With 60 swabs and a pair of gloves in his bag, Dr Niranjan Nagarajan set off for Singapore’s parks last week.
First to MacRitchie Reservoir Park, then Bishan Park and West Coast Park, even Newton MRT. At those places, he sought out benches, handrails, exercise equipment – things people regularly touch in public – took out one of the swabs, then used it to rub the surface for about 11/2 minutes.
Dr Nagarajan’s actions may have appeared strange, but he is on a quest to find out just what people here leave behind.
He is principle investigator of the Singapore arm of a global research project. The swabs that he and 39 volunteers were collecting will give researchers a glimpse of the bacteria, viruses and genetic markers in public spaces here.
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The volunteers from the Agency for Science, Technology and Research (A*Star) combed housing estates, bus stops, parks, the areas surrounding train stations and their office last Wednesday, which was global sampling day for this project.
They collected 1,000 samples from all over the island, from Woodlands to Tampines, the Botanic Gardens to Boon Lay, which will be sent to New York for analysis.
“It’s all about the statistics. The more you can collect the better,” said Dr Nagarajan, associate director of computational and systems biology at A*Star.
The lab analysis will let researchers know what sort of DNA was found in the samples, so that researchers can try to reconstruct what sort of bacteria were present at the locations.
HUNTING FOR INFORMATION
If you don’t know what’s out there, you don’t know what influences your health.
DR NIRANJAN NAGARAJAN, principle investigator of the Singapore arm of MetaSub, on the need for the project.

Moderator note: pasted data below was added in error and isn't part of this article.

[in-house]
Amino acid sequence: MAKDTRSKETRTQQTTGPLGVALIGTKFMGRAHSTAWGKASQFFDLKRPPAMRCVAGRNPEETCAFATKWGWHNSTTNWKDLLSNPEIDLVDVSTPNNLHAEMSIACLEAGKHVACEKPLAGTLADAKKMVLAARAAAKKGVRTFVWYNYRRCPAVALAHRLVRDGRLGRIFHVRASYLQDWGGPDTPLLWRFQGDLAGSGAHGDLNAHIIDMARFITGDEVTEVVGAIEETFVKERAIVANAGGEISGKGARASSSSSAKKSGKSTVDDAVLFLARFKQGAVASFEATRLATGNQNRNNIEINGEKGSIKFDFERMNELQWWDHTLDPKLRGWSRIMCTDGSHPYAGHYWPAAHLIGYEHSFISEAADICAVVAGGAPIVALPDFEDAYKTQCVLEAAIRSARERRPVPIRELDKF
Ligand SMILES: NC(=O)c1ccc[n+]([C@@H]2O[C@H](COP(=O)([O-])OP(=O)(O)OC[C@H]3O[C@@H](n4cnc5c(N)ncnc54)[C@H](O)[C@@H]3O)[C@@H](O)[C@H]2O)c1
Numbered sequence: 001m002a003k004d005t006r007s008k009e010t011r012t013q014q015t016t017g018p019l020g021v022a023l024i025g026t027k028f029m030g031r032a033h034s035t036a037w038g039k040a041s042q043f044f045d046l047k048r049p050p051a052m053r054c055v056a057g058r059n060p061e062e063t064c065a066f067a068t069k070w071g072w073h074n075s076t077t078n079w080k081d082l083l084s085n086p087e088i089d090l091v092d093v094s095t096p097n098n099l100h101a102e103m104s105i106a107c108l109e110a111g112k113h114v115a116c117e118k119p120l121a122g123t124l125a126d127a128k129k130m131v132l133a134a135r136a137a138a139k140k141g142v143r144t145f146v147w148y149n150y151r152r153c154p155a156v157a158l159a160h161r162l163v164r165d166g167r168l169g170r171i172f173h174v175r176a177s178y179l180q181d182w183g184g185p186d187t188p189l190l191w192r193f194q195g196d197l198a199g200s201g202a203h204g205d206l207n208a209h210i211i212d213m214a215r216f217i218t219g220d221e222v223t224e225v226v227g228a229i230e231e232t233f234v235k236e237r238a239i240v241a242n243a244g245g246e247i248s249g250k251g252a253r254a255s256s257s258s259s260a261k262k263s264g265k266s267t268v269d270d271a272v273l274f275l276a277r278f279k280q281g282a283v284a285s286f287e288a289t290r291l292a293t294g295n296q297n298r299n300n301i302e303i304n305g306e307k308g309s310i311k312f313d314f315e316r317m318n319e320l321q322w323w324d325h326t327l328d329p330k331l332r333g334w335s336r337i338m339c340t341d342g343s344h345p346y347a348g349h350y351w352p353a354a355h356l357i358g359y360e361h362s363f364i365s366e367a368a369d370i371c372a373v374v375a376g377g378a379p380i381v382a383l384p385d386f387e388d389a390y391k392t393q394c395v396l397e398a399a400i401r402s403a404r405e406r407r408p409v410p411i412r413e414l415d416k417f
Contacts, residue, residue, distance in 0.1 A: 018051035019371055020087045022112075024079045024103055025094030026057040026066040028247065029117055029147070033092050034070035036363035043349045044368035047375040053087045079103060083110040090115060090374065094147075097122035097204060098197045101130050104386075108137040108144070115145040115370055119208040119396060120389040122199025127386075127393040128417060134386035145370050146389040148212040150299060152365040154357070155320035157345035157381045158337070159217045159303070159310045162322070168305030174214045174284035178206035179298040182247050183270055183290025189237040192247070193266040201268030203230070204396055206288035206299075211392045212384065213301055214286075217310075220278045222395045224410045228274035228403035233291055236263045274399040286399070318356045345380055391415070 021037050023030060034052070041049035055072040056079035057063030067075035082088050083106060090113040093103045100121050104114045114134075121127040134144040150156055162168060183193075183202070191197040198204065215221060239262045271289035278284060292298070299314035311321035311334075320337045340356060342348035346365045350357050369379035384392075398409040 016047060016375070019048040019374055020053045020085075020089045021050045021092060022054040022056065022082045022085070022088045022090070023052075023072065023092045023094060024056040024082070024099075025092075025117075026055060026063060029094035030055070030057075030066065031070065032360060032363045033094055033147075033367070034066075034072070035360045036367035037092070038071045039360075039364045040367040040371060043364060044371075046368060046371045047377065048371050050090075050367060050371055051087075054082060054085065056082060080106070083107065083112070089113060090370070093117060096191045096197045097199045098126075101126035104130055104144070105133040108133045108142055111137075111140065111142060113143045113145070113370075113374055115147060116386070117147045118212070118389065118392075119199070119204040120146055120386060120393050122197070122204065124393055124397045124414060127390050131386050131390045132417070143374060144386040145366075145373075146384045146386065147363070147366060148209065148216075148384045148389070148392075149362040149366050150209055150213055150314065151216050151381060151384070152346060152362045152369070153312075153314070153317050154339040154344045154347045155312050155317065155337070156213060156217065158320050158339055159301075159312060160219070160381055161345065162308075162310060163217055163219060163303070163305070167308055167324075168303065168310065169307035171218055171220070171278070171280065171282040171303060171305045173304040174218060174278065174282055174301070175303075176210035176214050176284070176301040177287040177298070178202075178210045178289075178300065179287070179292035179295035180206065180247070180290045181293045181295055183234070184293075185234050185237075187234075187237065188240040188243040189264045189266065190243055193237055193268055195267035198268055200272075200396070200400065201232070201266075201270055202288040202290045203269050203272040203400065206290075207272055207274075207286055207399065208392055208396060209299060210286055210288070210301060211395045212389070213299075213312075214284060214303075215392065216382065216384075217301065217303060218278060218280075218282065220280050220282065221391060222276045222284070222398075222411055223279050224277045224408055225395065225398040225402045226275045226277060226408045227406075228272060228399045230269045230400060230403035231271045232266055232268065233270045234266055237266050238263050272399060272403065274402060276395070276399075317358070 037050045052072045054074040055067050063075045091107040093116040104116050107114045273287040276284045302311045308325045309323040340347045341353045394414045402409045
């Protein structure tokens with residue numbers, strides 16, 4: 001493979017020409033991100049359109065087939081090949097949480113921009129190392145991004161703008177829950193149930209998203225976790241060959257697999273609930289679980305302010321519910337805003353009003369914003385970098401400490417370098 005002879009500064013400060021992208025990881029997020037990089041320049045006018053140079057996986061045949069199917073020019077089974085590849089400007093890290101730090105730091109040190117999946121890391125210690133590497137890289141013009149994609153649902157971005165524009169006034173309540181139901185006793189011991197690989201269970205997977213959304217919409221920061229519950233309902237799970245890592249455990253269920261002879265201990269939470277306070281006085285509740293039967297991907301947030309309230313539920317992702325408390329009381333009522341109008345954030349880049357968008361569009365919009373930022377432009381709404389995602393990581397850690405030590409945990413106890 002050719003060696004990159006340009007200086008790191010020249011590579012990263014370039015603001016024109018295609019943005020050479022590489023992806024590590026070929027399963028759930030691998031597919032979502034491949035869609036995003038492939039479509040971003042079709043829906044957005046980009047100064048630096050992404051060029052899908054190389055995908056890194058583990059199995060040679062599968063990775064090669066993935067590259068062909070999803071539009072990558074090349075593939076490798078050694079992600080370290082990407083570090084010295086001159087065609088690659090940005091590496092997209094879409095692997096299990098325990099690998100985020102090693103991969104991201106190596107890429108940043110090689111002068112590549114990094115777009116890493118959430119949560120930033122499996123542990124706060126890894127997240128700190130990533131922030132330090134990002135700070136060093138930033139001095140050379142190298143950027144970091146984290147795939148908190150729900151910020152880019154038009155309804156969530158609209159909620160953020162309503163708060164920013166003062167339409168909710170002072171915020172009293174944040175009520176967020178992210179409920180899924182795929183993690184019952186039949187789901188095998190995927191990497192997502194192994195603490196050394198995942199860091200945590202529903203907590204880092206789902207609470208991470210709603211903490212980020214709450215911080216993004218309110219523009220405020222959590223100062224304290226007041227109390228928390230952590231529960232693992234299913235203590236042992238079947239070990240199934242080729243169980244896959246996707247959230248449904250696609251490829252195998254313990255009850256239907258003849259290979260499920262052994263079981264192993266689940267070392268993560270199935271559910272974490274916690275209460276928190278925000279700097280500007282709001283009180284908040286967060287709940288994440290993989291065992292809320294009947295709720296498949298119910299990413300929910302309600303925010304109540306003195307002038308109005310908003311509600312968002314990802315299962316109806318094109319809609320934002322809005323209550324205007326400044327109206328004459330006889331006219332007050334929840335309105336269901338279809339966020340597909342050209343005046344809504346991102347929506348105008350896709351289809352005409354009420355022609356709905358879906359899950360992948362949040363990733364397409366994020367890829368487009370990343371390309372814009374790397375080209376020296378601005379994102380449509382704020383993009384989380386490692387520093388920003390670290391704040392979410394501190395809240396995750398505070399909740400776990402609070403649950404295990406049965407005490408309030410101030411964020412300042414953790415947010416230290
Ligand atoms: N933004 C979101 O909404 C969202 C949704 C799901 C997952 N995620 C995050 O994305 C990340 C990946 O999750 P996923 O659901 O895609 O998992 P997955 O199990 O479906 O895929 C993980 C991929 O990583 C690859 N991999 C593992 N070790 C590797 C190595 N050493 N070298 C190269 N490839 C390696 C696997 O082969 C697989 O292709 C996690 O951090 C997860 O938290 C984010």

“Then we’ll know the microbial signature of this place. Every city seems to have its own fingerprints – certain species of bacteria are very dominant in some cities but not others,” he explained.
The project, called MetaSub (Metagenomics and Metadesign of the Subways and Urban Biomes), is a global one involving 75 cities in 40 countries – from Seoul (South Korea), to Lima (Peru) and Oslo (Norway). Through this effort, researchers hope to use the genetic and molecular measurements of urban environments to improve them.
This is the second year that Singapore is taking part in the study. Due to time constraints, researchers were able to collect only 100 samples last year. These are currently being analysed in New York and Dr Nagarajan expects to have the data by next month and the preliminary findings in September.
But the study has already yielded some startling results.
In New York City, where this study started in 2013 with Dr Christopher Mason swabbing subway stations, it was found that almost half of all DNA present on the subway’s surfaces matches no known organism. And one station, which flooded during Hurricane Sandy in 2012, still resembles a marine environment.
Dr Nagarajan said that knowing such information about a city, called the urban biome, will give researchers a baseline to work with.
For example, Singapore has the highest allergy rate in the world and many get conjunctivitis, he said. “Is there a connection?” he asked.
They could also see if bacteria in certain areas – such as hospitals, or benches that are constantly sanitised – are resistant to antibiotics.
“If you don’t know what’s out there, you don’t know what influences your health,” he added.